City to take residents’ land for Ozone Park sewer project

By Eric Jankiewicz

The government wants their living rooms.

The city is taking more than 20,000 square feet from Ozone Park residents under the eminent domain law. The private property grab is meant to alleviate flooding and replace the underground sewage system in the area. For many residents, the project is a long overdue relief. But for some residents, especially those on Bristol Avenue, the changes require them to give up 14 feet deep into their property to make room for widened streets and to install sewer lines in their homes.

The city estimates the cost of the project, called HWQ411B, at more than $41 million. The repairs will include the installation of about 200 catch basins, 15 manholes and thousands of square feet of new sidewalks. According to the Department of Design and Construction, everything will be done by 2018.

“They’re basically uprooting this area. It’s been neglected all these years,” said Howard Kamph, president of the Ozone Park Civic Association.

He said that the city has promised to make changes over the last 35 years, leaving the neighborhood in limbo.

According to Kamph, most of the residents that will be affected welcome the construction because it will fix problems like potholes. But some residents resist the construction because they don’t use the sewer system, relying instead on underground cesspools. Unlike most of the city, Bristol Avenue doesn’t have a sewer system so most residents rely on septic tanks that are periodically emptied.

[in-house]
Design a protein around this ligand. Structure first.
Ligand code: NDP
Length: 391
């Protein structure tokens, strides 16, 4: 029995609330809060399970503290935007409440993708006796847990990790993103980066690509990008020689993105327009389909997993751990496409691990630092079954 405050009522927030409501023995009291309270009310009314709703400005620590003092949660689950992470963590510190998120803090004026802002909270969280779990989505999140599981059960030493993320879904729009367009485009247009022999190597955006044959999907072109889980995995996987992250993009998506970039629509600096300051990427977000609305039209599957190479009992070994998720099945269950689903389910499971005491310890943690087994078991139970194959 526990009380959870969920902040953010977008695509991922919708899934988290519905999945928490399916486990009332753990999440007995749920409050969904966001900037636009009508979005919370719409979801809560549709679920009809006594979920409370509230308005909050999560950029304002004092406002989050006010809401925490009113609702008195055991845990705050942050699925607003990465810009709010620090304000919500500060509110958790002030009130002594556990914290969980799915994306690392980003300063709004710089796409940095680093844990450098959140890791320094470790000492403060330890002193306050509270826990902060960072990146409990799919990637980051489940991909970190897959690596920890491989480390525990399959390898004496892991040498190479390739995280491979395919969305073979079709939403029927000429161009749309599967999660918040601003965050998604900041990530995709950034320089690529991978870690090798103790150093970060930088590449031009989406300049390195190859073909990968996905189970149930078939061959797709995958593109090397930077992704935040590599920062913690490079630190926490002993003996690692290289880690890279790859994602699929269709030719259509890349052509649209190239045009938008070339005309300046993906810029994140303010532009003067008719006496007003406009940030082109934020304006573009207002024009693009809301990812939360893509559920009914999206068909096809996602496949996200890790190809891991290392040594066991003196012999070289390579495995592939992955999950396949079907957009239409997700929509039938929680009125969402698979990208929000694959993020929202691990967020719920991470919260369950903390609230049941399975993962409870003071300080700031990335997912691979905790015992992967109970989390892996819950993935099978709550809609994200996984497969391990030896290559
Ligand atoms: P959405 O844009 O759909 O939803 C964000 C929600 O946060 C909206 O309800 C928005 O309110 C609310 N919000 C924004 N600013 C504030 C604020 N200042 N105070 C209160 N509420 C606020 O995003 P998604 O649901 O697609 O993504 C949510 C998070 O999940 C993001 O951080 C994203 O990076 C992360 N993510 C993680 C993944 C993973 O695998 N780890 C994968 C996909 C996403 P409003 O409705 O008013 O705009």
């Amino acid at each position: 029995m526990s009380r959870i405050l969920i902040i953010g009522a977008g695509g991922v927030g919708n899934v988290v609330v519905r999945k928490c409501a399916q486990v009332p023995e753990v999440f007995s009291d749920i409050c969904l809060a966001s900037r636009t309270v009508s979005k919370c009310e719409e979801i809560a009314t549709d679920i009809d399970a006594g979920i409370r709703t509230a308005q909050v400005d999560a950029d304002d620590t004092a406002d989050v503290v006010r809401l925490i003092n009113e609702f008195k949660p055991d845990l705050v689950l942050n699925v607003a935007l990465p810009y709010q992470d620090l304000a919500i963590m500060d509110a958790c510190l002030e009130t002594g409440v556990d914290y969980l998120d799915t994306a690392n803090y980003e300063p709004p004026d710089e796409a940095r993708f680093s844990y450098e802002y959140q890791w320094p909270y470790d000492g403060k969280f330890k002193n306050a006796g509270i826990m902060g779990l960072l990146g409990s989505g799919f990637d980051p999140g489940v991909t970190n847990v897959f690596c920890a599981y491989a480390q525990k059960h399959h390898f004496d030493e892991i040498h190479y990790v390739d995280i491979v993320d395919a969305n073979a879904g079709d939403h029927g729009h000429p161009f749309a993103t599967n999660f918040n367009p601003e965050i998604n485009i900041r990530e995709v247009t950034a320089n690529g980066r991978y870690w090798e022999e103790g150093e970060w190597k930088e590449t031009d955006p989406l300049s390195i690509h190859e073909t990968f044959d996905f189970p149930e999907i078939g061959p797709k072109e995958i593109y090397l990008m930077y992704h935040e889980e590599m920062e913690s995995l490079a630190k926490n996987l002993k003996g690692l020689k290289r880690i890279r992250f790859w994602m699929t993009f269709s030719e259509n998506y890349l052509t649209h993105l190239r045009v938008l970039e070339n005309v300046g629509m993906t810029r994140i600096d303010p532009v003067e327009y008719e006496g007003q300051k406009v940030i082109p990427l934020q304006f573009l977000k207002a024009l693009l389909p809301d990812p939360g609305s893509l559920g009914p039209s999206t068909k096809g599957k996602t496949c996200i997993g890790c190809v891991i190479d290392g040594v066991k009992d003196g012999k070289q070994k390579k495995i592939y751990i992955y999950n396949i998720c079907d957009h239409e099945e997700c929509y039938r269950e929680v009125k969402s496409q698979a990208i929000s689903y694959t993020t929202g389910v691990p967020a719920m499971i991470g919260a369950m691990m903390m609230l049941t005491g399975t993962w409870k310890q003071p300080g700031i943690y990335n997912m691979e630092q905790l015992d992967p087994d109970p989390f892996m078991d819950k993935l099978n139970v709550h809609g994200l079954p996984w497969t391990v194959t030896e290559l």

“They want to buy the first 14 feet of my house, that puts them in my living room,” Carlos Reitez said. “I have a problem with them forcing me to sell my land to them.”

Reitez recently paid $10,000 for a new holding tank for his household’s waste. While the city will pay “market value” for the land they take from homeowners, they won’t pay Reitez for the costs to install a sewer system.

Reitez said that a city agent told them that the city would only remove the first five feet of his property, which would eat up just his stoop, to make room for a sidewalk. “But then why do they need to buy 14 feet from me?,” he said.

The Ozone Park Civic Association is holding a meeting June 16 at 97-14 135th Drive to discuss the project and update the community.

“When I first moved to Ozone Park and heard about this problem it was the 80s and I was in my 20s,” Kamph said. “Now my son is in his 30s and we’re still waiting. But it looks like the wait is finally over.”

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